The opinion of the court was delivered by: Murphy, District Judge:
Defendants move to dismiss three of four claims raised in Plaintiff Desmond Phipps's complaint. Mr. Phipps's claim arises from his arrest by Village of Cahokia police officers on September 11, 2009. Mr. Phipps alleges that Defendants, officers with the Village of Cahokia Police Department, entered his apartment and detained him without probable cause, physically and verbally abused him, and fabricated a story to cover their actions and to have criminal charges brought against him. Mr. Phipps filed this suit on February 25, 2011 alleging that his arrest and prosecution deprived him of his Fourth, Sixth, and Fourteenth Amendments under the U.S. Constitution and violated Illinois state law. Currently before the Court is Defendants' 12(b)(6) motion to dismiss three of Mr. Phipp's four claims. For the foregoing reasons, the Court GRANTS IN PART and DENIES IN PART Defendants' motion to dismiss.
Mr. Phipps contends that he was lawfully inside his apartment at 15 Lambert Drive in Cahokia on September 11, 2009 when Defendant officers entered at approximately 12:30 a.m. Defendants were unable to identify Mr. Phipps when they entered the apartment. Nevertheless, Mr. Phipps claims, they placed him in handcuffs and struck him in the mouth with a police-issued pistol. Defendants then dragged Mr. Phipps outside his apartment by his feet, face-down and handcuffed, to a patrol car and took him into custody. In addition to physical abuse, Mr. Phipps claims he was the subject of verbal harassment.
Mr. Phipps was charged with resisting arrest in violation of 720 ILCS 5/31-1(a). He claims that Defendants fabricated the details of the arrest to "cover" their abuse during his arrest and to support the criminal charge. On August 4, 2010, Mr. Phipps was convicted of resisting arrest. Yet, less than ten weeks later, on October 14, 2010, his conviction was vacated after the trial court granted Mr. Phipps's motion to reconsider. (Doc. 20, Ex. 4, 11-147-GPM).
On February 25, 2011, Mr. Phipps filed a complaint raising four federal and state claims: Count I: a 42 U.S.C. § 1983 claim against the officers for false arrest; Count II: a § 1983 claim against the officers for excessive use of force; Count III: an Illinois state law claim against the officers for malicious prosecution; and Count IV: an Illinois state law claim seeking to hold the Village of Cahokia vicariously liable for malicious prosecution. Defendants now seek to dismiss Claims I, III, and IV for failure to state a claim under Federal Rule of Civil Procedure 12(b)(6). (Doc. 18).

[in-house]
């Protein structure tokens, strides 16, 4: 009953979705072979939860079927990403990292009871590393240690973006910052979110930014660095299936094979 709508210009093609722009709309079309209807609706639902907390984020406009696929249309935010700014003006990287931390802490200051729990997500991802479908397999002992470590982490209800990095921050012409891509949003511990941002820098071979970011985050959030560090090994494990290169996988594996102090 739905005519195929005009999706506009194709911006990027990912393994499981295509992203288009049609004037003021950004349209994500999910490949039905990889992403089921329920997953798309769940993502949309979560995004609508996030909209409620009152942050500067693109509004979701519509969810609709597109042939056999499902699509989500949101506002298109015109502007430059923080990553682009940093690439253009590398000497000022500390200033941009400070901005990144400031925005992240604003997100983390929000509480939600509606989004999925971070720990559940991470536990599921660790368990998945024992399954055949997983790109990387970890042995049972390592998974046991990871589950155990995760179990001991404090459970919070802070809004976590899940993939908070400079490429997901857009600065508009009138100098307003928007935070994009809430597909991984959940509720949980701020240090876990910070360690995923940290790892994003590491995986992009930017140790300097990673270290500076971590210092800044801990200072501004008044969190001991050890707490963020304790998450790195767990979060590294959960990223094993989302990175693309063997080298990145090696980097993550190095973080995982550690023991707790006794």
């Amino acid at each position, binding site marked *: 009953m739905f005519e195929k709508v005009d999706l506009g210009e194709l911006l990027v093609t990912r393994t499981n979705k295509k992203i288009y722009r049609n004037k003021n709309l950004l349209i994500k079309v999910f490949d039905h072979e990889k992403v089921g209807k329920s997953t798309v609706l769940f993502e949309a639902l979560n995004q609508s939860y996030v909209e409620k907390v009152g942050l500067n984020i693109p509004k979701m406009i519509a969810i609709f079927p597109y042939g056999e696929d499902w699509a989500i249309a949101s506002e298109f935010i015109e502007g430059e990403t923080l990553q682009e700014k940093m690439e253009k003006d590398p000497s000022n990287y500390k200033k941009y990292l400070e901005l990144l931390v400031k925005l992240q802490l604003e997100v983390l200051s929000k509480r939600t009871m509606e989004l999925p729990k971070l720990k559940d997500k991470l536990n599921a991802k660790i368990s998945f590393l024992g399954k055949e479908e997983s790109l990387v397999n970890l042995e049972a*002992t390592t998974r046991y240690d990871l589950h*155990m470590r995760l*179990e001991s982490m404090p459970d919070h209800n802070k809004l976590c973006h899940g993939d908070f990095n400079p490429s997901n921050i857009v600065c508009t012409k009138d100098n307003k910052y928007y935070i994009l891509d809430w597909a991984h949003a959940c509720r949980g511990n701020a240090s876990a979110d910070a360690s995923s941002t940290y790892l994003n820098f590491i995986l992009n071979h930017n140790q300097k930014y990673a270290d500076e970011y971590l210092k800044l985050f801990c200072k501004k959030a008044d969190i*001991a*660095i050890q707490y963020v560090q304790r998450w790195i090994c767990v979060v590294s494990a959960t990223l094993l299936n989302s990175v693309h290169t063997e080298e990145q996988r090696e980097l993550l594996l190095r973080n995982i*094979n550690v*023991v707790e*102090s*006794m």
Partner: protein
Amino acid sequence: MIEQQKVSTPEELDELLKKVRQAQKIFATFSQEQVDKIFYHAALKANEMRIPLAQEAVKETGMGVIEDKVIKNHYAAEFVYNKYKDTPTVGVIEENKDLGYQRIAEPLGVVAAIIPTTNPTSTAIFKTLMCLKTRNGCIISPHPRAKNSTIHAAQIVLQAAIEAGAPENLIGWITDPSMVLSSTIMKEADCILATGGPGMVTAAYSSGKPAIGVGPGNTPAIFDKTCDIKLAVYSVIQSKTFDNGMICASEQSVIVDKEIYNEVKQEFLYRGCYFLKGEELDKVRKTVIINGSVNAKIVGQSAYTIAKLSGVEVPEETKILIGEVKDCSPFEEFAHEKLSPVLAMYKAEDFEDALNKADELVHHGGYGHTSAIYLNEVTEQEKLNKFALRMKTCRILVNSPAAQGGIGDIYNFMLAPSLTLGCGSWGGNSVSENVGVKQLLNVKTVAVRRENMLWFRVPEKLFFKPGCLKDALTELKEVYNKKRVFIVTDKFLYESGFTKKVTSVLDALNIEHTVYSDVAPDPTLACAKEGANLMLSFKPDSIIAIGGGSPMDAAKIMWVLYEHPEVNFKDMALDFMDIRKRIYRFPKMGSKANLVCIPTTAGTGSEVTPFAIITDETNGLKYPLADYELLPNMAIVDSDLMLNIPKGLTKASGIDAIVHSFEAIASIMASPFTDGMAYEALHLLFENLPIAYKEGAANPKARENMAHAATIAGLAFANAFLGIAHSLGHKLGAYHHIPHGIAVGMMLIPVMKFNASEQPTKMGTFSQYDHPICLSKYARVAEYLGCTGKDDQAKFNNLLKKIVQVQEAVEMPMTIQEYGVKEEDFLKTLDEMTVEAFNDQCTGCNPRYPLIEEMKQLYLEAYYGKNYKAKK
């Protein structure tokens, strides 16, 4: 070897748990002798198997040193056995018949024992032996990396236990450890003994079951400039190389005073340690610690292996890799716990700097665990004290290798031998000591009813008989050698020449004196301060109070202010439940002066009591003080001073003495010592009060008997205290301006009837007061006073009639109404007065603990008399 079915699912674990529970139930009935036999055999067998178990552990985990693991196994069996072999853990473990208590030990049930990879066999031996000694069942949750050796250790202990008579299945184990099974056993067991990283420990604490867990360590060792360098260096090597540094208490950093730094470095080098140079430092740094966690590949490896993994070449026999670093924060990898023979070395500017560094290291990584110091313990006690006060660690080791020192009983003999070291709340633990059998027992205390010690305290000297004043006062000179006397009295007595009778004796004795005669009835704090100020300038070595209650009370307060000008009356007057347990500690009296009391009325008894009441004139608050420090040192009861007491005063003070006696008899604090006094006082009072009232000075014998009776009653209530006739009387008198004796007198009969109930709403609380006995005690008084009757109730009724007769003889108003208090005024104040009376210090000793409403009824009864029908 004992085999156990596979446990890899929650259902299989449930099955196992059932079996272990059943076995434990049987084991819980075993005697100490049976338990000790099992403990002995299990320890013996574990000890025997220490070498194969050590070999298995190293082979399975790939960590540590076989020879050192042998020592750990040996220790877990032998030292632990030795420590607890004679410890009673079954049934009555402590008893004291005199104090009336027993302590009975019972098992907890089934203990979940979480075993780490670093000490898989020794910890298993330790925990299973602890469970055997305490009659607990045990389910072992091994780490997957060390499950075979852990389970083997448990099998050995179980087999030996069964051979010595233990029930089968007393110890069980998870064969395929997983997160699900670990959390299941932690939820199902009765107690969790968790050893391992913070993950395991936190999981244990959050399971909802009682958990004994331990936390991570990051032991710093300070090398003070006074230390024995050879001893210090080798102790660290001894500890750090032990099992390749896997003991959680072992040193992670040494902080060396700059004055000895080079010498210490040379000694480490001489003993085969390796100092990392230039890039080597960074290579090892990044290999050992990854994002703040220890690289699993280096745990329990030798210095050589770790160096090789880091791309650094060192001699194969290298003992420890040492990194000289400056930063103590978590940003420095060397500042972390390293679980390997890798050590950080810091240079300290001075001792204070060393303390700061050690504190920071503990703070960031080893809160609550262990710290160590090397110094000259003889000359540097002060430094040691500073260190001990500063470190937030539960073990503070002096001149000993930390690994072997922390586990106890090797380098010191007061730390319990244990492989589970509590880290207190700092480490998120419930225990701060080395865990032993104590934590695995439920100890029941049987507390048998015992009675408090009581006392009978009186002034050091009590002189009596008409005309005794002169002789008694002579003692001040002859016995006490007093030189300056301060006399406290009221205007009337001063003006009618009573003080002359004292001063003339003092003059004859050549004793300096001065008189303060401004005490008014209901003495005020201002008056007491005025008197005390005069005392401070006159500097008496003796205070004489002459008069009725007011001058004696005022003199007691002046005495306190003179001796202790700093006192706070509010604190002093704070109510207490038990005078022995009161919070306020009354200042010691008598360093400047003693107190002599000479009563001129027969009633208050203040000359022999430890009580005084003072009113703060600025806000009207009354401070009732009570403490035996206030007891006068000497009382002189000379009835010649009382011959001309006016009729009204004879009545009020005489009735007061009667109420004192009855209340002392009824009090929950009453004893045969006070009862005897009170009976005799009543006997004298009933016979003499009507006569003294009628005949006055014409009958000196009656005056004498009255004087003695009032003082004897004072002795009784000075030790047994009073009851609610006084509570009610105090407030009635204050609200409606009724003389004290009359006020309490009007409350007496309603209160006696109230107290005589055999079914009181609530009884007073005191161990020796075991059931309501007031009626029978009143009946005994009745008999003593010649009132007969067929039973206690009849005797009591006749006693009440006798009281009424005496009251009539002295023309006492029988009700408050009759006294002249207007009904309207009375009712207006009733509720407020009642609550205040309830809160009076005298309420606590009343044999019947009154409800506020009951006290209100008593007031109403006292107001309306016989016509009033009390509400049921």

In their motion to dismiss, Defendants referred to, and attached as an exhibit, a warrant purportedly issued for Mr. Phipps's arrest. As a result, this Court construed the motion to dismiss as a motion for summary judgment. (Doc. 21). On February 3, 2012, Defendants sought to withdraw the warrant and to have the motion reconstrued, as originally captioned, as a motion to dismiss. As a result, currently before the Court is Defendants' motion, which, when stripped of the arrest warrant and any argument made in reliance, is properly styled as a motion to dismiss Claims I, III, and IV under Rule 12(b)(6).
In a complaint, the plaintiff must provide the defendants with "fair notice" of his claims and the basis for them. Indep. Trust Corp. v. Stewart Info. Servs. Co., 665 F.3d 930, 934 (7th Cir. 2012) (citations omitted). In addition, to survive a Rule 12(b)(6) motion to dismiss, a plaintiff must state a claim for relief "that is plausible on its face." Id. quoting Bell Atlantic Corp. v. Twombly, 550 U.S. 544, 570 (2007). A claim is facially plausible "when the plaintiff pleads factual content that allows the court to draw the reasonable inference that the defendant is liable for the misconduct alleged." Id. at 934-35. While "[s]pecific facts are not necessary," the pleaded facts must "give the defendant fair notice of what the . . . claim is and the grounds upon which it rests." Erickson v. Pardus, 551 U.S. 89, 93 (2007). The allegations need not be likely; rather, "a well-pleaded complaint may proceed even if it strikes a savvy judge that actual proof of those facts is improbable, and that a recovery is very remote and unlikely." Bell Atlantic Corp. v. Twombly, 550 U.S. 544, 556 (2007) (internal quotations omitted).
In reviewing a motion to dismiss under Rule 12(b)(6), the Court "must construe all of the plaintiff's factual allegations as true, and must draw all reasonable inferences in the plaintiff's favor."
Virnich v. Vorwald, 664 F.3d 206, 212 (7th Cir. 2011). "However, legal conclusions and conclusory allegations merely reciting the elements of the claim are not entitled to this presumption." Id.
Plaintiff's Claim I: False Arrest
Mr. Phipps alleges that Defendants did not have probable cause when they detained and took him into custody. For the § 1983 false arrest claim to survive a motion to dismiss, Mr. Phipps must allege that he was arrested without probable cause. See Gonzalez v. City of Elgin, 578 F.3d 526, 537 (7th Cir. 2009). Defendants correctly note that the existence of probable cause is an absolute defense to a § 1983 false arrest claim. See id; see also Sow v. Fortville Police Dept., 636 F.3d 293 (7th Cir. 2011) quoting McBride v. Grice, 576 F.3d 703, 707 (7th Cir. 2009). If Defendants had probable cause to arrest Mr. Phipps for any offense, and ...